1968 Chevy Camaro - Gen X First-Gen

Chris Shelton Apr 1, 2010 0 Comment(s)
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If the exterior bears Jason's mark, the suspension bears the influence from the Lateral-G.net forum. Chris used the stock spindles but adapted Corvette Z06 13-inch-diameter rotors to them using KORE3 brackets. He swapped the steering box from a fast-ratio IROC unit. Turn One Inc. supplied the appropriate pump. Naturally the nose bears a heavier anti-roll bar. A 4 3/4-inch backspace on 18x8 Rushforth Rated X wheels lets BFGoodrich g-Force 245/40ZR-18 hides tuck under the fenders, despite stock-width arms.

Camp_1004_07_o 1968_chevy_camaro_ss Rushforth_wheel_cap 2/16

A narrowed Ford 9-inch and a 4 1/4-inch backspace on a set of 19x10 Rushforth Rated X wheels let Chris stuff 295/35/19 hides in the rear houses. Given all the power and traction potential, Chris elected to run Yukon 31-spline axles. To make it fun, he chose a 3:89:1 gear set and a Tru-Trac limited-slip gear carrier. To keep it relatively simple, Chris hung the assembly on a Detroit Speed and Engineering parallel-leaf kit.

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Both ends sport double-adjustable QA-1 dampers, although the fronts wear coils. Wilwood made the rear axle's 12-inch-diameter disc kit as well as the pedal assembly, master cylinders, and residual and proportioning valves. To further substantiate the car's touring cred, Chris replaced the stock tank with a stainless 26-gallon Rock Valley cell.

Like the exterior, the cockpit is a balanced blend of vintage aesthetic and modern performance. Take the seats, for example: they're Fourth-gen models that Chris cut down 9 inches. He replaced the limited gauge selection with Autometer Pro Comp Ultra-Light pieces. Chris kept the stock column and invested the money in a Billet Specialties Indy tiller.

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He replaced the meager ventilation system with a Vintage Air Mark IV heat/AC climate-control system. Once he roped the car with an American Auto Wire system, he turned the car over to Tim Norman at Classical Glass Upholstery in Black Diamond for a red-vinyl trim.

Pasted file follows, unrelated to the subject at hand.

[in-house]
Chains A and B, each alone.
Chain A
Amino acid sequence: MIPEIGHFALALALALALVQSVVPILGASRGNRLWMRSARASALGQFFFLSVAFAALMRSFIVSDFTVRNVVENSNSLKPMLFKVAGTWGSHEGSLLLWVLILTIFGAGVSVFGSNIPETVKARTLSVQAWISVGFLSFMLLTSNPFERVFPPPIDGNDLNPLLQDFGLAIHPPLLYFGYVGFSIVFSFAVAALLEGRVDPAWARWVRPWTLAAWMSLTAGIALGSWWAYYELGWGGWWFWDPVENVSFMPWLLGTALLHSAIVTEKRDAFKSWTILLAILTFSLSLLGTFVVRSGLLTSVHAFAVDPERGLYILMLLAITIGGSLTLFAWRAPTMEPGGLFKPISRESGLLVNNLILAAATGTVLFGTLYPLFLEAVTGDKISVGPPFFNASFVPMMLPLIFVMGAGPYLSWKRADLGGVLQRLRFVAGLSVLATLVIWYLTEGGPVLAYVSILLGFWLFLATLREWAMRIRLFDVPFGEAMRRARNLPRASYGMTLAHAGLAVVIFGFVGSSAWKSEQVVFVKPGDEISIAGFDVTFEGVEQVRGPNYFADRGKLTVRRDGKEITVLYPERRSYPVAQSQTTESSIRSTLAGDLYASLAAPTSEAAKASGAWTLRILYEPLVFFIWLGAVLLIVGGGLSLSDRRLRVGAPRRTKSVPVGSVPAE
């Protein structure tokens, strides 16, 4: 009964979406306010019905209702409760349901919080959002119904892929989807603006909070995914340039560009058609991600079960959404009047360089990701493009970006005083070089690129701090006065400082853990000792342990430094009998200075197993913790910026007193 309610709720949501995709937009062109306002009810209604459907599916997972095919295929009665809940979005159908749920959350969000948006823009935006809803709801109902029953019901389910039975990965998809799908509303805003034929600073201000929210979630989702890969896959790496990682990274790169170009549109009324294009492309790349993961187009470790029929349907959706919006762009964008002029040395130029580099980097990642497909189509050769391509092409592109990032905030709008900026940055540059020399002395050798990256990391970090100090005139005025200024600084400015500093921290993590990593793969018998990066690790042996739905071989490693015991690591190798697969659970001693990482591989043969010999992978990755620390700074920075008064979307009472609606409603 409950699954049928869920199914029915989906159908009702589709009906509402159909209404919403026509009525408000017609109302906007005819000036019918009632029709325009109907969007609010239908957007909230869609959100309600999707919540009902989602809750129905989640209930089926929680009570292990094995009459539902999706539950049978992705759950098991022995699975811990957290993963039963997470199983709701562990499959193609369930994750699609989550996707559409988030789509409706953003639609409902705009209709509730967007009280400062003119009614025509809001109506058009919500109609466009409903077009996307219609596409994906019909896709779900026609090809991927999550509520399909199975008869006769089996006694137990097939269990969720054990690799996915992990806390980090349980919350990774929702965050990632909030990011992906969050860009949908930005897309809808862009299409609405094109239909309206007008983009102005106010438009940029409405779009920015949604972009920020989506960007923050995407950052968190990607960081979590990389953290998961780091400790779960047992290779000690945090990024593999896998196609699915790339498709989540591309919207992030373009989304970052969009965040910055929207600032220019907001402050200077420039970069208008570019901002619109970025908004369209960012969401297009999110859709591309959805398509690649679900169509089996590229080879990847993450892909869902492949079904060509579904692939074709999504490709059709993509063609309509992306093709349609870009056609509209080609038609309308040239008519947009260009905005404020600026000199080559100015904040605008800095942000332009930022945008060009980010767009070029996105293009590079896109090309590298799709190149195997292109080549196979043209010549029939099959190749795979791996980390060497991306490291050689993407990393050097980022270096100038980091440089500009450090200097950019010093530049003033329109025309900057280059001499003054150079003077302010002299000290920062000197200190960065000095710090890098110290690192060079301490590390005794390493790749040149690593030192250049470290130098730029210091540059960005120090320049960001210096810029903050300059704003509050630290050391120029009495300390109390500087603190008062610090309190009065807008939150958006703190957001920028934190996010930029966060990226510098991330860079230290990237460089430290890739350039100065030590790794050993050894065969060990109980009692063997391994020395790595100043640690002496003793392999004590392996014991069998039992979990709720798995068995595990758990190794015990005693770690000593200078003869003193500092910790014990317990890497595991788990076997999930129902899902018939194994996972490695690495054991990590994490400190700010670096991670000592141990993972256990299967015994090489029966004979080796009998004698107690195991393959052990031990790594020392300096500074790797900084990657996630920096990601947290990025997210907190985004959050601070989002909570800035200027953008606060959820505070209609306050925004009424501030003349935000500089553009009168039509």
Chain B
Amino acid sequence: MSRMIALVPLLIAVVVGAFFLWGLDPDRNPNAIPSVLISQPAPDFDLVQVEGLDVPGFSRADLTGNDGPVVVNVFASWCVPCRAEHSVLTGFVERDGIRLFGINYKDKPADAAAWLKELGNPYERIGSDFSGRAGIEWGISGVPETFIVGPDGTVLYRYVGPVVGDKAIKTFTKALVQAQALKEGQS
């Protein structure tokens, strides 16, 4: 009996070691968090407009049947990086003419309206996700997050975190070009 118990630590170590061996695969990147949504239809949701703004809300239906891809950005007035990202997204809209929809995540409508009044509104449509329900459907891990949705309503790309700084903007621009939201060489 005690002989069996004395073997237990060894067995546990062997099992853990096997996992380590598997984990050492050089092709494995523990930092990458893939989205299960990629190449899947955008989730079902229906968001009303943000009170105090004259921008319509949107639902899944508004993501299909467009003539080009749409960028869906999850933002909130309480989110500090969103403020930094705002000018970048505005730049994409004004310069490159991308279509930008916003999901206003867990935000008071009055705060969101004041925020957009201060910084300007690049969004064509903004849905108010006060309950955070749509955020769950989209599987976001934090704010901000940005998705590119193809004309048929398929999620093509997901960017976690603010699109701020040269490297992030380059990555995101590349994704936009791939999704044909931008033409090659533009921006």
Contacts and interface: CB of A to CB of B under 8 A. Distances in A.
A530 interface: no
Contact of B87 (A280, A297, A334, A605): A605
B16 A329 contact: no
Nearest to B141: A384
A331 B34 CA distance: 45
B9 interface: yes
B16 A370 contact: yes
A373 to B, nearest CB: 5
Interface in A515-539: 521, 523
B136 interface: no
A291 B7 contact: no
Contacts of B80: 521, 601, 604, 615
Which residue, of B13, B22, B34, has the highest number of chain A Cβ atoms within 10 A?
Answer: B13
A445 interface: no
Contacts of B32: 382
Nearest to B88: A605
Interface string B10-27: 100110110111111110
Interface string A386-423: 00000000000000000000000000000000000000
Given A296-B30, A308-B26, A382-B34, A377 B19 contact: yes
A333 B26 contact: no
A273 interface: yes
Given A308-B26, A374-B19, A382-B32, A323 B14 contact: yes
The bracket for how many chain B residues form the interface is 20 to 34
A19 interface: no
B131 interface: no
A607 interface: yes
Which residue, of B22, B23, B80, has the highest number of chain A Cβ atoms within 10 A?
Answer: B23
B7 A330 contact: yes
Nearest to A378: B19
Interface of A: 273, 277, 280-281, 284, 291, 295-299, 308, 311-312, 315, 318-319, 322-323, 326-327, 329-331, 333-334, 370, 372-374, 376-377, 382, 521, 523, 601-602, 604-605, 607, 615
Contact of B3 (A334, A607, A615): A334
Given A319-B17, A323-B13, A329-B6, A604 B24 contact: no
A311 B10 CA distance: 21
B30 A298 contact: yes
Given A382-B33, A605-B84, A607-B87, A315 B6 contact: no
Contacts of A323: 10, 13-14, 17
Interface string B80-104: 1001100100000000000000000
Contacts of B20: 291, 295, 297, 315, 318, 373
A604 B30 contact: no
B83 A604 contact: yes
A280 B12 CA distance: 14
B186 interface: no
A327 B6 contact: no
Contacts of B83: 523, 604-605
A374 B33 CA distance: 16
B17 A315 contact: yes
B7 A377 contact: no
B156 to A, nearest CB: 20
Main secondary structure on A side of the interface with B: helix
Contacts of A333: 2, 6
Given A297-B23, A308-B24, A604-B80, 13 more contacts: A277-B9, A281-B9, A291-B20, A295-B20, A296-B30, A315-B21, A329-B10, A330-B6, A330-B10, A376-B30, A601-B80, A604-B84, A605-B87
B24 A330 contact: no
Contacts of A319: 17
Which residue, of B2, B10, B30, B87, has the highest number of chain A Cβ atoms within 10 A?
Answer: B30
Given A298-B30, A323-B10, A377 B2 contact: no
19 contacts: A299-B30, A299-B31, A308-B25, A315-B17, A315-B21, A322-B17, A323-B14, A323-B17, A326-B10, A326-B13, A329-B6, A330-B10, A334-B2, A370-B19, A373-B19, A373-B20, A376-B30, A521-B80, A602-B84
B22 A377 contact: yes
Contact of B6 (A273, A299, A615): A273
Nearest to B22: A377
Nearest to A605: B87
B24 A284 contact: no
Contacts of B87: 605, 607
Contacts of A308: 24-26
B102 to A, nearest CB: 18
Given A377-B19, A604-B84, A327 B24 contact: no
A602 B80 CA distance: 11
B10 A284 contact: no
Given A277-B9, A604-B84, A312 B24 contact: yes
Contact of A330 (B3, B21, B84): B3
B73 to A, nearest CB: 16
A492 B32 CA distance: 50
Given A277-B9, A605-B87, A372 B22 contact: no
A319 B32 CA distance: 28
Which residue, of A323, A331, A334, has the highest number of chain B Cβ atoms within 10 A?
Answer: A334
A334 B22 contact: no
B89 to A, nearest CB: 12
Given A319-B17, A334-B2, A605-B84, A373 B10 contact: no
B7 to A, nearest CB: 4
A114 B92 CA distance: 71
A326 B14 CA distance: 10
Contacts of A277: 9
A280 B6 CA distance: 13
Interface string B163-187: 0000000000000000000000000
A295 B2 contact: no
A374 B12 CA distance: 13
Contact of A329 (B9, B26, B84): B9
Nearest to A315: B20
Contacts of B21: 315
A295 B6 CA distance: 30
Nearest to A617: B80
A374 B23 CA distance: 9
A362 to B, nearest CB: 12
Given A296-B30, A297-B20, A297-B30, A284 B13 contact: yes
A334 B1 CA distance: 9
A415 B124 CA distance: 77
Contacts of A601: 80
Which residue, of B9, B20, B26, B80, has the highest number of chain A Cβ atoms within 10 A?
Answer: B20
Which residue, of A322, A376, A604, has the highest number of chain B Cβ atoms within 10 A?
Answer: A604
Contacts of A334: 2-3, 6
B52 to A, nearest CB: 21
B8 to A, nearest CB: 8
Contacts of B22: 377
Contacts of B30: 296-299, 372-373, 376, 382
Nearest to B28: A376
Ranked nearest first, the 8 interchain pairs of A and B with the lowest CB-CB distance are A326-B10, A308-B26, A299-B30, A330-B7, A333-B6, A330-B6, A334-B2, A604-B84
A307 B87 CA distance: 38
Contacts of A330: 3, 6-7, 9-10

Chris and his pals, Art Strohrmann and Rob Sonnomen, reassembled the car before delivering it to J-Rod & Custom for finishing touches. Painter, Gertrudis Rodas, laid down the silver base and clear earlier on, but only after reassembly did the car get the inverted hockey stripe. "I have to thank my wife, Alyssa, for putting up things like that," Chris said, acknowledging the fact that a cloud of clear coat wafting through the house at three in the morning isn't the best thing to wake up to.

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Jared Hancock and his crew thrashed on the car, reassembling and color sanding it until Halloween, the day before Chris embarked on another crazy journey, this time to the '08 SEMA show. "The front sheet metal wasn't installed," Chris recalled." Nor was most of the trim. We had several guys working all night long to get it done."

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Just about the time he got the '68 finished up, another red herring crossed his path. Only this one came with the promise of lots of money. Not that it's a problem, mind you; Chris said he's making a crack at building cars as a business. "I built this car in my two-car garage to showcase my abilities," he said.

This particular red herring came with more than just money, too; the new owner, Nebraska collector Bryan Frank, sweetened the deal with what Chris calls, "a beautiful '71 RS." Since then, he's turned that car and is building another '68, this time with a Trans-am-style road-racing theme.

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Considering he turned junk into a jewel in one year, the future for an already-nice car looks very promising. Maybe this short attention span thing pays off after all.

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